What is now Ecuador formed part of the northern Inca Empire until the Spanish conquest in 1533. Quito became a seat of Spanish colonial government in 1563 and part of the Viceroyalty of New Granada in 1717. The territories of the Viceroyalty - New Granada (Colombia), Venezuela, and Quito - gained their independence between 1819 and 1822 and formed a federation known as Gran Colombia. When Quito withdrew in 1830, the traditional name was changed in favor of the "Republic of the Equator." Between 1904 and 1942, Ecuador lost territories in a series of conflicts with its neighbors. A border war with Peru that flared in 1995 was resolved in 1999. Although Ecuador marked 30 years of civilian governance in 2004, the period was marred by political instability. Protests in Quito contributed to the mid-term ouster of three of Ecuador's last four democratically elected presidents. In late 2008, voters approved a new constitution, Ecuador's 20th since gaining independence. General elections were held in February 2013, and voters reelected President Rafael CORREA.
Western South America, bordering the Pacific Ocean at the Equator, between Colombia and Peru
petroleum, fish, timber, hydropower
Population - distribution
nearly half of the population is concentrated in the interior in the Andean intermontane basins and valleys, with large concentrations also found along the western coastal strip; the rainforests of the east remain sparsely populated
Spanish (Castilian) 93% (official), Quechua 4.1%, other indigenous 0.7%, foreign 2.2%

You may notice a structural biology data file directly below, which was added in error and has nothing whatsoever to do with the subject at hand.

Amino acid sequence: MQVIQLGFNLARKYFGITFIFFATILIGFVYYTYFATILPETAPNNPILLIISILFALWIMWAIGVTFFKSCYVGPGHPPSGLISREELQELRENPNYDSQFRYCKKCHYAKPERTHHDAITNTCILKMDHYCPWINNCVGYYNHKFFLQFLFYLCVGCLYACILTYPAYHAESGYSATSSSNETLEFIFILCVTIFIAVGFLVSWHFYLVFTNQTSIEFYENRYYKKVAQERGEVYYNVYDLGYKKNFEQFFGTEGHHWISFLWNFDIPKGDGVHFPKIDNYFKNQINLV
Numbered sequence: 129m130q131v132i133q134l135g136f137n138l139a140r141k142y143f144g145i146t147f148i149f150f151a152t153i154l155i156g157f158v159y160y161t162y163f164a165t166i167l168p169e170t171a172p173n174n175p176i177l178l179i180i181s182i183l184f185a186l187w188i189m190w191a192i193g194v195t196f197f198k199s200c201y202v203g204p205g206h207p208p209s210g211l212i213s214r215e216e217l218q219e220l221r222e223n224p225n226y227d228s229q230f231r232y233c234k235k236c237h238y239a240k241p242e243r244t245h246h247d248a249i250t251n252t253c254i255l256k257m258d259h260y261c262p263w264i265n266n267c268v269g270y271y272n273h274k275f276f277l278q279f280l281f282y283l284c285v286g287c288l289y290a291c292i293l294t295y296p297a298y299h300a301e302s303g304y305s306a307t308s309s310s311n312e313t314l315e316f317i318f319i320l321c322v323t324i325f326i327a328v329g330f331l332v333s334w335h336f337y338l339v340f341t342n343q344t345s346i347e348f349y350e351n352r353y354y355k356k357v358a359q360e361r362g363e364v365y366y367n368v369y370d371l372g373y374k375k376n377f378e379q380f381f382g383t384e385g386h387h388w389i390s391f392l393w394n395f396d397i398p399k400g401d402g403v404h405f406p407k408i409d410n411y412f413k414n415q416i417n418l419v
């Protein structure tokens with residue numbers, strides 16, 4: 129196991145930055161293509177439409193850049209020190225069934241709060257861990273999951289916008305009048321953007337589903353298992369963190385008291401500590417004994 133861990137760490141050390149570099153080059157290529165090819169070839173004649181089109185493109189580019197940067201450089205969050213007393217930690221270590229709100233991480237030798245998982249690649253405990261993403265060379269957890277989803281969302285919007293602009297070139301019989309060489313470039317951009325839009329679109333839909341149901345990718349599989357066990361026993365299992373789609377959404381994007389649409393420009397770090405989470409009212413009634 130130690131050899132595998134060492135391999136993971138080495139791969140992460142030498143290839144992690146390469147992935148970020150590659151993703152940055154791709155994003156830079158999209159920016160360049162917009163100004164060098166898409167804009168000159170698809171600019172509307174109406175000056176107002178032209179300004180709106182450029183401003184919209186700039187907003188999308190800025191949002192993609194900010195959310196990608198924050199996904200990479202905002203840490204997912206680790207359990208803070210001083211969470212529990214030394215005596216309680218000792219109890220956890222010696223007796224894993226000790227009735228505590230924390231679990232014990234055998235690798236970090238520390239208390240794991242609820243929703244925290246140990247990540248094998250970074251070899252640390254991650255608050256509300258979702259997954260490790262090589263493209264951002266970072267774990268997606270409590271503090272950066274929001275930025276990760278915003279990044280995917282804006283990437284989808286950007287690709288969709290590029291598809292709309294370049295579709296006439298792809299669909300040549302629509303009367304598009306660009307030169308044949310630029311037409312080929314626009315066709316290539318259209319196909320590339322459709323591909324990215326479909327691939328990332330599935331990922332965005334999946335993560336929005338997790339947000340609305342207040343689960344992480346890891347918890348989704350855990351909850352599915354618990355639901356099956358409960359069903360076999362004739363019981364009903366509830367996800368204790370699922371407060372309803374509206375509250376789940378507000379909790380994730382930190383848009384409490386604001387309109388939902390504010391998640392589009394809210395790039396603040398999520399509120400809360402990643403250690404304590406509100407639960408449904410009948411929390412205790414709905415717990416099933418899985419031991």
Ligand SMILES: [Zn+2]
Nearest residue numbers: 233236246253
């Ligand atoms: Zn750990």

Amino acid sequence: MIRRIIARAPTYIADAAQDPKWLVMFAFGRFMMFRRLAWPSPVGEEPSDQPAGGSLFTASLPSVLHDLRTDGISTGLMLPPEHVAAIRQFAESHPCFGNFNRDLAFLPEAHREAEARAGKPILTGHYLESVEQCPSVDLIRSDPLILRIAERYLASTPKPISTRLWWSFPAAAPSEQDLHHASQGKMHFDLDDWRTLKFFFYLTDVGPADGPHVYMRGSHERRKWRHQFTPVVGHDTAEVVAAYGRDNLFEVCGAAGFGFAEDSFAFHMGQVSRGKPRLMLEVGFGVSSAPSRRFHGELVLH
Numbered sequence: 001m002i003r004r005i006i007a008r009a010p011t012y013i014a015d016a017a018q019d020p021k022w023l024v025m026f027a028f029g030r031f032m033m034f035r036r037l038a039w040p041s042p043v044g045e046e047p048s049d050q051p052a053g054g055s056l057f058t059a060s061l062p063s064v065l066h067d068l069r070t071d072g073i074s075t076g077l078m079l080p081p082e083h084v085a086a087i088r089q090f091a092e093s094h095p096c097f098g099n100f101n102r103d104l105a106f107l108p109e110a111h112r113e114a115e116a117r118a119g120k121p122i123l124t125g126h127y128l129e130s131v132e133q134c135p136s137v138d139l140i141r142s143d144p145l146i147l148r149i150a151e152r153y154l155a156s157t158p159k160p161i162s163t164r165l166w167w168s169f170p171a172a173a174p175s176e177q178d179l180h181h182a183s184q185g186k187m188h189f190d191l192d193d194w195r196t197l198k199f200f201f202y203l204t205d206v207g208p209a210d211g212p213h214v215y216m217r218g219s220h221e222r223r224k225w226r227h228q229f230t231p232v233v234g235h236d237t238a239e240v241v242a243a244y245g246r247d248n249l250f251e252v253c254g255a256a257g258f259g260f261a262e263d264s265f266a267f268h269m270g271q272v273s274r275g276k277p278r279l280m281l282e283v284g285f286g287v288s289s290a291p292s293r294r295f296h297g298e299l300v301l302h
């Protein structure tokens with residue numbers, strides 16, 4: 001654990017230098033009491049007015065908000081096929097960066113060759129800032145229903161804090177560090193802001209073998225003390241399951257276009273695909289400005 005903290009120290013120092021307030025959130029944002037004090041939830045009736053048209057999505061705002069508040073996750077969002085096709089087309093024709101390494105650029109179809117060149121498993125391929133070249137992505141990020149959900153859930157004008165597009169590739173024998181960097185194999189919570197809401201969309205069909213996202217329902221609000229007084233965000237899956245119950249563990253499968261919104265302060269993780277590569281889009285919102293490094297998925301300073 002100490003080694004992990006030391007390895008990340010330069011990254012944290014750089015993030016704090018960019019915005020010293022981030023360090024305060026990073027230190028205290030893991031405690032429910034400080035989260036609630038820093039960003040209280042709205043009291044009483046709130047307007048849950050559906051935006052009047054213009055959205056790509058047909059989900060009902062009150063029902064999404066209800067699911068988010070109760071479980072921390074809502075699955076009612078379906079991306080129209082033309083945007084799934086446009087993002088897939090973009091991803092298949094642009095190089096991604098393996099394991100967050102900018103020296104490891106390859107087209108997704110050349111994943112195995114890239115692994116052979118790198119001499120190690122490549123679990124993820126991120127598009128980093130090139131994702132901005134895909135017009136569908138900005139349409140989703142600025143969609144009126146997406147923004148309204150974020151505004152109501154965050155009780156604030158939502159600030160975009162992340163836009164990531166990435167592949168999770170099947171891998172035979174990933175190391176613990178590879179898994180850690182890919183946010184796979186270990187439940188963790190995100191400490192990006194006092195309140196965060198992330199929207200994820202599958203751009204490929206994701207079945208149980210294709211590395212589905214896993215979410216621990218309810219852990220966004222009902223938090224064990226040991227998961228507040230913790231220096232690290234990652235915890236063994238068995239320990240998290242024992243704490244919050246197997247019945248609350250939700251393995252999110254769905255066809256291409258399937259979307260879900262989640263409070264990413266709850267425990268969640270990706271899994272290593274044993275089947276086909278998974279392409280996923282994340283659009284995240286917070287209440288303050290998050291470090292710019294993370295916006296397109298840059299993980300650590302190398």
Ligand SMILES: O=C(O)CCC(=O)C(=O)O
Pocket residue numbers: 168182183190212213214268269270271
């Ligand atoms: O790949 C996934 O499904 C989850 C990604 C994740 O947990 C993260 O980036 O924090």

Guayaquil 2.709 million; QUITO (capital) 1.726 million (2015)
- Conventional long form
- Republic of Ecuador
- Conventional short form
- Local long form
- Republica del Ecuador
- Local short form
- Geographic coordinates
- 0 13 S, 78 30 W
- Time difference
- UTC-5 (same time as Washington, DC, during Standard Time)
has not submitted an ICJ jurisdiction declaration; accepts ICCt jurisdiction
Ecuador is substantially dependent on its petroleum resources, which have accounted for more than half of the country's export earnings and approximately 25% of public sector revenues in recent years.
- External debt stocks
- US$ 27,272,532,000
- Total tax rate (% of commercial profits)
- Real Interest Rate
- Manufacturing, value added (% of GDP)
- Current Account Balance
- US$ 1,413,832,066
- Labor Force, Total
- Employment in Agriculture
- Employment in Industry
- Employment in Services
- Unemployment Rate
- Imports of goods and services
- US$ 19,219,016,000
- Exports of goods and services
- US$ 18,885,476,000
- Total Merchandise Trade
- FDI, net inflows
- US$ 642,658,282
- Commercial Service Exports
- US$ 2,011,124,322
bananas, coffee, cocoa, rice, potatoes, cassava (manioc, tapioca), plantains, sugarcane; cattle, sheep, pigs, beef, pork, dairy products; fish, shrimp; balsa wood
petroleum, food processing, textiles, wood products, chemicals
- petroleum, bananas, cut flowers, shrimp, cacao, coffee, wood, fish